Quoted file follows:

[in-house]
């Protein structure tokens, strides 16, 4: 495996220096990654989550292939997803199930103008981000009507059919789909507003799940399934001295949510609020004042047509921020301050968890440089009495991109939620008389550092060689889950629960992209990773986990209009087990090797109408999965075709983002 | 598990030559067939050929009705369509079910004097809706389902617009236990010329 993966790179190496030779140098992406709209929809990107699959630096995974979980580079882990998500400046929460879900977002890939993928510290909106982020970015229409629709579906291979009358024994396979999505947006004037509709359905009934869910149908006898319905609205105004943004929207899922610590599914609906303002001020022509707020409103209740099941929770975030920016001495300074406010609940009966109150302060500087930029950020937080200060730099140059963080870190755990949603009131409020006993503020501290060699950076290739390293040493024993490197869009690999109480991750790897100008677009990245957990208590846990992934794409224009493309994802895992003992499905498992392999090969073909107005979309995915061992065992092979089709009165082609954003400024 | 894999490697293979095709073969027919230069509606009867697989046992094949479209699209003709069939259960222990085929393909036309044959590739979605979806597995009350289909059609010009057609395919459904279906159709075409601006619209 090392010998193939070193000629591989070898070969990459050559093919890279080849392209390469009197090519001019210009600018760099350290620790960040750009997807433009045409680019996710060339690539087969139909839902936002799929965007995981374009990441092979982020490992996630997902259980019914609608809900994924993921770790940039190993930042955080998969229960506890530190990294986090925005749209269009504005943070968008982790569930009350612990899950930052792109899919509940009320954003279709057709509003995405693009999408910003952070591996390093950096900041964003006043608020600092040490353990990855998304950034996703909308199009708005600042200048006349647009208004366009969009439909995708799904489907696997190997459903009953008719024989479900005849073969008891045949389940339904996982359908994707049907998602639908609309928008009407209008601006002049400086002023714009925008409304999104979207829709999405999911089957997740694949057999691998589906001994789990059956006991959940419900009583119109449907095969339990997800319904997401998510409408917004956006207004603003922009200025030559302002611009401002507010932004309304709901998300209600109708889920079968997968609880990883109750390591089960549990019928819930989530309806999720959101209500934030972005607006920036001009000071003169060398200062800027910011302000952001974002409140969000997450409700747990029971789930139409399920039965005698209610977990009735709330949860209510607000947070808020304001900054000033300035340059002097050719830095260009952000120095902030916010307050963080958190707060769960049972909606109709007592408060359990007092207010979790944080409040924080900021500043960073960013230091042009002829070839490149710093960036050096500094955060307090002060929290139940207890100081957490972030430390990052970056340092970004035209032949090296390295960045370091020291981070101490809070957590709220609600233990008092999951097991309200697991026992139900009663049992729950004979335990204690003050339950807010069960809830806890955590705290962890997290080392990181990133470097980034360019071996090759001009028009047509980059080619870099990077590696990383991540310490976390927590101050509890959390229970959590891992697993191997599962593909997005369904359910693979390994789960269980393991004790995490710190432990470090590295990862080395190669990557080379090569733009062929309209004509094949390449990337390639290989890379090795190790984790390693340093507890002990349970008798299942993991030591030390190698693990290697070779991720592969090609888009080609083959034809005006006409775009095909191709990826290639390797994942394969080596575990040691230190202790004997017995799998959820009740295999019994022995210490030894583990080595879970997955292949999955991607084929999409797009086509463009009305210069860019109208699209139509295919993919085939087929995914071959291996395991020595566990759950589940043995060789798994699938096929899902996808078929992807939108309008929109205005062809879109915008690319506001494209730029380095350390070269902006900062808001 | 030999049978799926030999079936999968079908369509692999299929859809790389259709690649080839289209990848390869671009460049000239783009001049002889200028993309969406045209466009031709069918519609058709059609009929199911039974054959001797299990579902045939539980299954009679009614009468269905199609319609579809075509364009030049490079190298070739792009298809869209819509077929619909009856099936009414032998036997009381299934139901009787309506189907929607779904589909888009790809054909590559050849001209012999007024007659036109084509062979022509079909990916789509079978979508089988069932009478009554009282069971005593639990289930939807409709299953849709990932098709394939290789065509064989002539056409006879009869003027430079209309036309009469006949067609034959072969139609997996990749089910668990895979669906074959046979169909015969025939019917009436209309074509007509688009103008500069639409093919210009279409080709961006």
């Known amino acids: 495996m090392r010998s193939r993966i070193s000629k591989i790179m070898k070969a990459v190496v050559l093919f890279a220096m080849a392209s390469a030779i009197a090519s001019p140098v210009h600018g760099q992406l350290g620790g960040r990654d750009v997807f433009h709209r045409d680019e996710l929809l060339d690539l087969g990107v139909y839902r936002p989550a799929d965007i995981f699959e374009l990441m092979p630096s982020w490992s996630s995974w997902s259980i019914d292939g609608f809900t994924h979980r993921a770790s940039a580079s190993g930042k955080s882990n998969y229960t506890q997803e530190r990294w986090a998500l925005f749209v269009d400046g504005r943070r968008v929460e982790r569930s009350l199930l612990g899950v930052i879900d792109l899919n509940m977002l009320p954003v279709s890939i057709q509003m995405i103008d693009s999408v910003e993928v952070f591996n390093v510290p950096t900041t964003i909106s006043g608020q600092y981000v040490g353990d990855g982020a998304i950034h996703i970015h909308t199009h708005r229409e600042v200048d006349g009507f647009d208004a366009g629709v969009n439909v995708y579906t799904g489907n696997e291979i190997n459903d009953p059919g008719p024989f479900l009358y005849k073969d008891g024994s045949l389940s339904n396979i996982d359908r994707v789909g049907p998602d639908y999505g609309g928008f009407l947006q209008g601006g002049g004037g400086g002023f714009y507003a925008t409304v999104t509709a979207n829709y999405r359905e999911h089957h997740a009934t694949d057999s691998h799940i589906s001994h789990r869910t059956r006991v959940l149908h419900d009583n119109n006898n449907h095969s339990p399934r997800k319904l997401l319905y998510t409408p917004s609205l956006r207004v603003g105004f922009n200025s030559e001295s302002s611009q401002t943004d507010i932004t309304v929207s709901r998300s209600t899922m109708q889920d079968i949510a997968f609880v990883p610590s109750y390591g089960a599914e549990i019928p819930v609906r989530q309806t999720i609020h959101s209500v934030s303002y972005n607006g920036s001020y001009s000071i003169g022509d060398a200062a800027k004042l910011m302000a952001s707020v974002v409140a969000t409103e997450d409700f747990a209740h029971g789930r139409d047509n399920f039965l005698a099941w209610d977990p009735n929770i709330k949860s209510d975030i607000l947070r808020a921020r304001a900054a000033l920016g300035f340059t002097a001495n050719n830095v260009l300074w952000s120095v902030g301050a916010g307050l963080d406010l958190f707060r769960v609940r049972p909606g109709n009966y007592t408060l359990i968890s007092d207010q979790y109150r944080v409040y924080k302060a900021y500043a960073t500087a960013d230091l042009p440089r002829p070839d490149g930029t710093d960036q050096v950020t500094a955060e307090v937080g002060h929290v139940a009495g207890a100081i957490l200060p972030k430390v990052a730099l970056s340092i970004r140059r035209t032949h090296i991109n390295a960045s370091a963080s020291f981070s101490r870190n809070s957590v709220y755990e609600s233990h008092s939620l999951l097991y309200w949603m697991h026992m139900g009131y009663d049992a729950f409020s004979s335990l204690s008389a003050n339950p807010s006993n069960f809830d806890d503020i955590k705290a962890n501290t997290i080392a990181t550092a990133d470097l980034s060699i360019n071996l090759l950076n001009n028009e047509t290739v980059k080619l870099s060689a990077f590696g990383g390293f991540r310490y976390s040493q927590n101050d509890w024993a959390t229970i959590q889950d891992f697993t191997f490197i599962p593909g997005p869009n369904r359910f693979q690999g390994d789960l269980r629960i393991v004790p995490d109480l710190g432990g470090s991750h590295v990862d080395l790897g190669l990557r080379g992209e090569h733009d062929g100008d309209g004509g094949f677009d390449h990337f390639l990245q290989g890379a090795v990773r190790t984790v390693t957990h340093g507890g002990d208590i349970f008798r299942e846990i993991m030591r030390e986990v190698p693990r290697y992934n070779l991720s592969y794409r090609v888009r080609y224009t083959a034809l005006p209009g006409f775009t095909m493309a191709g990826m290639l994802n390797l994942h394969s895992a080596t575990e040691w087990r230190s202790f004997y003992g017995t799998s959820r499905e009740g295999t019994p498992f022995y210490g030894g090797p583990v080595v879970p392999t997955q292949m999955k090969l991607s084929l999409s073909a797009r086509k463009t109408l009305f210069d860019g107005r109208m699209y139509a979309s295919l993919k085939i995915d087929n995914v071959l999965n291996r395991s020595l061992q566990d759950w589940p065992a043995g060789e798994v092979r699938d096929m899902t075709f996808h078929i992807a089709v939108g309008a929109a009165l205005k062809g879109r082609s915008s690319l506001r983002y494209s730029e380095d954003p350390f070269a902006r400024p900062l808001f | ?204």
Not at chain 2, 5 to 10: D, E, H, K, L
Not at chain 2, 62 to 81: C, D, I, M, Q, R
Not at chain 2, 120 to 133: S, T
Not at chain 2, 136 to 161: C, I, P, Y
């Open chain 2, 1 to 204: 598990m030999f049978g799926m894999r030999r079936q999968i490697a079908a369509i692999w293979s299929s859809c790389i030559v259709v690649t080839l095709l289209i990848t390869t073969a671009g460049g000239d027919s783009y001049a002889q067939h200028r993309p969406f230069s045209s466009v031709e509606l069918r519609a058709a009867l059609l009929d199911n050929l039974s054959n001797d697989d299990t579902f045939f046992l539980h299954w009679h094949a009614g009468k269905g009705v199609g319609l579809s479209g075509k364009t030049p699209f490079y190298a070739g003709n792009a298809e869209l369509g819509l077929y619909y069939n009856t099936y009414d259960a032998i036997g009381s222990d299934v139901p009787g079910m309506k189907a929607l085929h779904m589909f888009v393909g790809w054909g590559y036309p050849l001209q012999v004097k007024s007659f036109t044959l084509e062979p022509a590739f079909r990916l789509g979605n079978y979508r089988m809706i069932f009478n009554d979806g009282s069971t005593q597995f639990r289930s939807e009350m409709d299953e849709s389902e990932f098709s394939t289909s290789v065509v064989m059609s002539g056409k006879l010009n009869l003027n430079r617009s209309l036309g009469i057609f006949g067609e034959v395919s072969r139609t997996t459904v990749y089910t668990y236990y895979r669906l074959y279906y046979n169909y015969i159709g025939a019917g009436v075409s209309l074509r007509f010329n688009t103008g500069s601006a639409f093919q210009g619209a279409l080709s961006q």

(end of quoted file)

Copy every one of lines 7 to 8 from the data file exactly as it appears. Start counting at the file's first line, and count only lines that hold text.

Not at chain 2, 136 to 161: C, I, P, Y
């Open chain 2, 1 to 204: 598990m030999f049978g799926m894999r030999r079936q999968i490697a079908a369509i692999w293979s299929s859809c790389i030559v259709v690649t080839l095709l289209i990848t390869t073969a671009g460049g000239d027919s783009y001049a002889q067939h200028r993309p969406f230069s045209s466009v031709e509606l069918r519609a058709a009867l059609l009929d199911n050929l039974s054959n001797d697989d299990t579902f045939f046992l539980h299954w009679h094949a009614g009468k269905g009705v199609g319609l579809s479209g075509k364009t030049p699209f490079y190298a070739g003709n792009a298809e869209l369509g819509l077929y619909y069939n009856t099936y009414d259960a032998i036997g009381s222990d299934v139901p009787g079910m309506k189907a929607l085929h779904m589909f888009v393909g790809w054909g590559y036309p050849l001209q012999v004097k007024s007659f036109t044959l084509e062979p022509a590739f079909r990916l789509g979605n079978y979508r089988m809706i069932f009478n009554d979806g009282s069971t005593q597995f639990r289930s939807e009350m409709d299953e849709s389902e990932f098709s394939t289909s290789v065509v064989m059609s002539g056409k006879l010009n009869l003027n430079r617009s209309l036309g009469i057609f006949g067609e034959v395919s072969r139609t997996t459904v990749y089910t668990y236990y895979r669906l074959y279906y046979n169909y015969i159709g025939a019917g009436v075409s209309l074509r007509f010329n688009t103008g500069s601006a639409f093919q210009g619209a279409l080709s961006q």